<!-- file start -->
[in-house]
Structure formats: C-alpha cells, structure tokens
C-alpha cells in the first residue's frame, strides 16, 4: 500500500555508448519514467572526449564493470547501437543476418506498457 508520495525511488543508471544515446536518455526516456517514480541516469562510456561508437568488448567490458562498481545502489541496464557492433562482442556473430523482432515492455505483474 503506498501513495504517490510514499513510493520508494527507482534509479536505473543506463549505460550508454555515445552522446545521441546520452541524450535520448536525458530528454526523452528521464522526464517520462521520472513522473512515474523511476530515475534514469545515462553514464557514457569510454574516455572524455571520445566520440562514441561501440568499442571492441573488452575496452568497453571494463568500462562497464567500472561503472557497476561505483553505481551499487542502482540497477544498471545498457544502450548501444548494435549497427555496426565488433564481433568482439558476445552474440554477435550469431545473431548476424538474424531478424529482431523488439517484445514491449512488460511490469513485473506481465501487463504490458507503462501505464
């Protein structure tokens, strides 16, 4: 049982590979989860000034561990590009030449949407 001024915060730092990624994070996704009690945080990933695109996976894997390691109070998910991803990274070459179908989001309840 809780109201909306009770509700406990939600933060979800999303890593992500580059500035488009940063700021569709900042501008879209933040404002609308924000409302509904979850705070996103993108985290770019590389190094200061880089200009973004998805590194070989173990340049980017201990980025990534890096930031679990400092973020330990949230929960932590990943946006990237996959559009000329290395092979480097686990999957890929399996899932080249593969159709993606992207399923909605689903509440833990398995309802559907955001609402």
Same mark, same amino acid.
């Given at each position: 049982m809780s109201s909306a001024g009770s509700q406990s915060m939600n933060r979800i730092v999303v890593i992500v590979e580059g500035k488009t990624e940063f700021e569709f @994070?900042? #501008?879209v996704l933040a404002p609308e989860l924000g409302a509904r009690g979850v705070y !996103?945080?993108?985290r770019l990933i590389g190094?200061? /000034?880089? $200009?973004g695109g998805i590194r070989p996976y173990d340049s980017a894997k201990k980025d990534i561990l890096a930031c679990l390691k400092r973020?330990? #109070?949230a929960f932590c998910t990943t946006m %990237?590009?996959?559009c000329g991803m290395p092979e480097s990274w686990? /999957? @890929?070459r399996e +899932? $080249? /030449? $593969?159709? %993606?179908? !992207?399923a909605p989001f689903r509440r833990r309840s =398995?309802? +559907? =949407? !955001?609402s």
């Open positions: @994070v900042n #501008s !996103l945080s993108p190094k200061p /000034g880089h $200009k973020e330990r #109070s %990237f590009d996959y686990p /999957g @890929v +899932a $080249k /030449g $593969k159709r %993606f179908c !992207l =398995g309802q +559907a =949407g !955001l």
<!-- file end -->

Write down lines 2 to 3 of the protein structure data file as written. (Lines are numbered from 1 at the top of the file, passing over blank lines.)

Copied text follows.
Structure formats: C-alpha cells, structure tokens
C-alpha cells in the first residue's frame, strides 16, 4: 500500500555508448519514467572526449564493470547501437543476418506498457 508520495525511488543508471544515446536518455526516456517514480541516469562510456561508437568488448567490458562498481545502489541496464557492433562482442556473430523482432515492455505483474 503506498501513495504517490510514499513510493520508494527507482534509479536505473543506463549505460550508454555515445552522446545521441546520452541524450535520448536525458530528454526523452528521464522526464517520462521520472513522473512515474523511476530515475534514469545515462553514464557514457569510454574516455572524455571520445566520440562514441561501440568499442571492441573488452575496452568497453571494463568500462562497464567500472561503472557497476561505483553505481551499487542502482540497477544498471545498457544502450548501444548494435549497427555496426565488433564481433568482439558476445552474440554477435550469431545473431548476424538474424531478424529482431523488439517484445514491449512488460511490469513485473506481465501487463504490458507503462501505464